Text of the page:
Energy Star: What is it and who decides?

June 16, 2012 

When shopping for appliances and electronics, you've no doubt seen the "Energy Star" label. But just what an Energy Star product and how does it earn the Energy Star label?

Energy Star is an Environmental Protection Agency-backed symbol for energy efficiency, helping us all save money and protect the environment through energy-efficient products and practices.

The label was established to:

  • Reduce greenhouse gas emissions and other pollutants caused by the inefficient use of energy.

  • Make it easy for consumers to identify and purchase energy-efficient products that offer savings on energy bills without sacrificing performance, features, and comfort.

    How does EPA choose which products earn the label?

    Products can earn the Energy Star label by meeting the energy efficiency requirements set forth in Energy Star product specifications. The EPA establishes the specifications based on the following set of key guiding principles:

  • Product categories must contribute significant energy savings nationwide.

  • Qualified products must deliver the features and performance demanded by consumers, in addition to increased energy efficiency.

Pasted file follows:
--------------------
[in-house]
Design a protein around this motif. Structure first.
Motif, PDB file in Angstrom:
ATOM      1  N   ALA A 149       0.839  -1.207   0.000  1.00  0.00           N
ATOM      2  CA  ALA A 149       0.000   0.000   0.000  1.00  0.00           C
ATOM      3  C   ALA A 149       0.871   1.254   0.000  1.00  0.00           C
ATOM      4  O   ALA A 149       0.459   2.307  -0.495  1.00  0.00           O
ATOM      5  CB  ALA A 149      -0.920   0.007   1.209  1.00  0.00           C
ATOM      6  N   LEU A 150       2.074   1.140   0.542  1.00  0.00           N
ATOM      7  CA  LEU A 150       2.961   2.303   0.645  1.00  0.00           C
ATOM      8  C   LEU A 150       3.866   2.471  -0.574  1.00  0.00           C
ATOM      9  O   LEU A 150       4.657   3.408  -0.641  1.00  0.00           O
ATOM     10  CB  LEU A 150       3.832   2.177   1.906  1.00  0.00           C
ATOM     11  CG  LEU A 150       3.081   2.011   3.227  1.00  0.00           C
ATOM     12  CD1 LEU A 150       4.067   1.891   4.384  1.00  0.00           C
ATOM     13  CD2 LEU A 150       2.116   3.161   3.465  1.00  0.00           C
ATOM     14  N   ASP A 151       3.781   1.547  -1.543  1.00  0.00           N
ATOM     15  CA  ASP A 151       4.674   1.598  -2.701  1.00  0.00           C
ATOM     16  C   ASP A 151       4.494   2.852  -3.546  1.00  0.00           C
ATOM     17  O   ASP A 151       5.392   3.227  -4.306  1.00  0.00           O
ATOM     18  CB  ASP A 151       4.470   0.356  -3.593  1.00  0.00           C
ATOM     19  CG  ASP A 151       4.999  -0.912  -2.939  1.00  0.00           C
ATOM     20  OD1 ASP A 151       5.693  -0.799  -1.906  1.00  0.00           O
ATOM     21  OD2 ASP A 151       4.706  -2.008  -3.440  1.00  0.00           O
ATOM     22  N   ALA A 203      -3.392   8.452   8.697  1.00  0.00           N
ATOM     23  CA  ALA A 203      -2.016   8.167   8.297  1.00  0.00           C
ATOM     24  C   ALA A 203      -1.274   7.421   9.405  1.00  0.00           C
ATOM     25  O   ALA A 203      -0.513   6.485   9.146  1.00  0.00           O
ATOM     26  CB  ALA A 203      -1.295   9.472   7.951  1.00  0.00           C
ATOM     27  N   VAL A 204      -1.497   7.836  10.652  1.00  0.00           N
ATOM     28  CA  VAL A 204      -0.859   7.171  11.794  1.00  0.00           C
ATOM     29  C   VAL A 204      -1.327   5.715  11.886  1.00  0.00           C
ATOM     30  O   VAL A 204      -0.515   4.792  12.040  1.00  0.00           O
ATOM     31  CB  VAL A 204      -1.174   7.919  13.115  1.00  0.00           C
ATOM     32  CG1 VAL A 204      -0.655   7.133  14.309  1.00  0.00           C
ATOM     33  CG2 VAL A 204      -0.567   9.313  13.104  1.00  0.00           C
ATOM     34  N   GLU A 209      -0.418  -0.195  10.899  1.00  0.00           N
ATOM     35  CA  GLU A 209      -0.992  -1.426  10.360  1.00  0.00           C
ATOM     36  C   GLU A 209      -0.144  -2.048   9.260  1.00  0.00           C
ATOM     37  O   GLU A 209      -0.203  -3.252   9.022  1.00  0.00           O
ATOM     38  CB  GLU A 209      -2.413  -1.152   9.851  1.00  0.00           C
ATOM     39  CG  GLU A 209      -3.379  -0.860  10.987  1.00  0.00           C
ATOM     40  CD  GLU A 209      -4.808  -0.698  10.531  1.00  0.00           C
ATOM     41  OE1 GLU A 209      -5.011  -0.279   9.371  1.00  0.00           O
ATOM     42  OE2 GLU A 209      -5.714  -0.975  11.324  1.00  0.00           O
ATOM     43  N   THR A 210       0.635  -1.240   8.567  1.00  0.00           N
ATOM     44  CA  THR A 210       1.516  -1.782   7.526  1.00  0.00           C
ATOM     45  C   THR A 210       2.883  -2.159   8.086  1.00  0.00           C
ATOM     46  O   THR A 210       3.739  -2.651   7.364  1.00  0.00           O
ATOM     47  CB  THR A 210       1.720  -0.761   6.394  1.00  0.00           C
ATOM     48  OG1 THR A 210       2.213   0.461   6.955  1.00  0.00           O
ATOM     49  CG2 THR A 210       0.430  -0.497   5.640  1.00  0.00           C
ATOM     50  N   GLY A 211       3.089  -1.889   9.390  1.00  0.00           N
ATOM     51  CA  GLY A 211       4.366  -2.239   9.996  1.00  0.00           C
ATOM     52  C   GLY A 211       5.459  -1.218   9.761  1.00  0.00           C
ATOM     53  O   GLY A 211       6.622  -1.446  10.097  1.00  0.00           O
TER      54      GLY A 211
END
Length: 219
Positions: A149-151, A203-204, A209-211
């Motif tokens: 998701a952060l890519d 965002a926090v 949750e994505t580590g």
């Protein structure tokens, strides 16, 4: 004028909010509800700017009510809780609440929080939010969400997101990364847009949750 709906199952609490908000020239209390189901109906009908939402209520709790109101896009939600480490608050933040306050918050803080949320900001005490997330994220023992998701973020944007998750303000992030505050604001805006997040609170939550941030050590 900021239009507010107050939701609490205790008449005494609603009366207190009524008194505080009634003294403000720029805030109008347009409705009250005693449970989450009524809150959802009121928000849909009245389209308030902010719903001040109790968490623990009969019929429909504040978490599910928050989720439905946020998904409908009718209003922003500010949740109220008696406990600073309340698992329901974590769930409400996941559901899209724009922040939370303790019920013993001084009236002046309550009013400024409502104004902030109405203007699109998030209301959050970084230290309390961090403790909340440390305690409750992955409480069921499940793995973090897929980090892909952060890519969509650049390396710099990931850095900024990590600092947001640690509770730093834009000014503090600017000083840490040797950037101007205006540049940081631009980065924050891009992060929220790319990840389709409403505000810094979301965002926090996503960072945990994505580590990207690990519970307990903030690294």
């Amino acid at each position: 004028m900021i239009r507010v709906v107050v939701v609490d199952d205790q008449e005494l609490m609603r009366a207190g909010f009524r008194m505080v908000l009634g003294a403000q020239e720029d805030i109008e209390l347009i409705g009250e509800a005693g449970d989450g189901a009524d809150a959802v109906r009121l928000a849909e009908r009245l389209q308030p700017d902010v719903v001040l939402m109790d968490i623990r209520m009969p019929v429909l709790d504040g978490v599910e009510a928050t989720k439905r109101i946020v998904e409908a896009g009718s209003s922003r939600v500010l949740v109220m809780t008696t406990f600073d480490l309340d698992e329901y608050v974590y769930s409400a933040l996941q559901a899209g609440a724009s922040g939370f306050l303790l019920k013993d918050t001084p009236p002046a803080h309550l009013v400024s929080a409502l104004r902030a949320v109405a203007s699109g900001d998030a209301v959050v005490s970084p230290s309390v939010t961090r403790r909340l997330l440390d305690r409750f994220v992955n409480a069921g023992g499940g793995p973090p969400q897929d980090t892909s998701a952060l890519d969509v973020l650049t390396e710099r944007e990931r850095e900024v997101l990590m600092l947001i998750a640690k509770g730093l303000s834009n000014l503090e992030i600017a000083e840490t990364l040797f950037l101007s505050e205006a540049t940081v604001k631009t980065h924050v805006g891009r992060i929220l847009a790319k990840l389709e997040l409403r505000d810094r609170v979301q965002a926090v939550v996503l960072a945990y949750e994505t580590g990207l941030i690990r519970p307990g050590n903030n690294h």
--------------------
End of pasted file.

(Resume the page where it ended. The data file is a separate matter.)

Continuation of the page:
• If the qualified product costs more than a conventional, less-efficient counterpart, purchasers will recover their investment in increased energy efficiency through utility bill savings within a reasonable period of time.

  • Energy efficiency can be achieved through broadly available, non-proprietary technologies offered by more than one manufacturer.

  • Product energy consumption and performance can be measured and verified with testing.

  • Labeling would effectively differentiate products and be visible for purchasers.

    How does EPA decide when to revise its specifications?

    Generally, a market share of Energy Star-qualified products in a particular category of 50 percent or higher will prompt consideration for a specification revision. However, there are other factors that weigh into the decision, such as:

  • A change in the federal minimum efficiency standards.

  • Technological changes with advances in energy efficiency that allow a revised Energy Star specification to capture additional savings.

  • Product availability.

  • Significant issues with consumers realizing expected energy savings.

  • Performance or quality issues.

  • Issues with test procedures.

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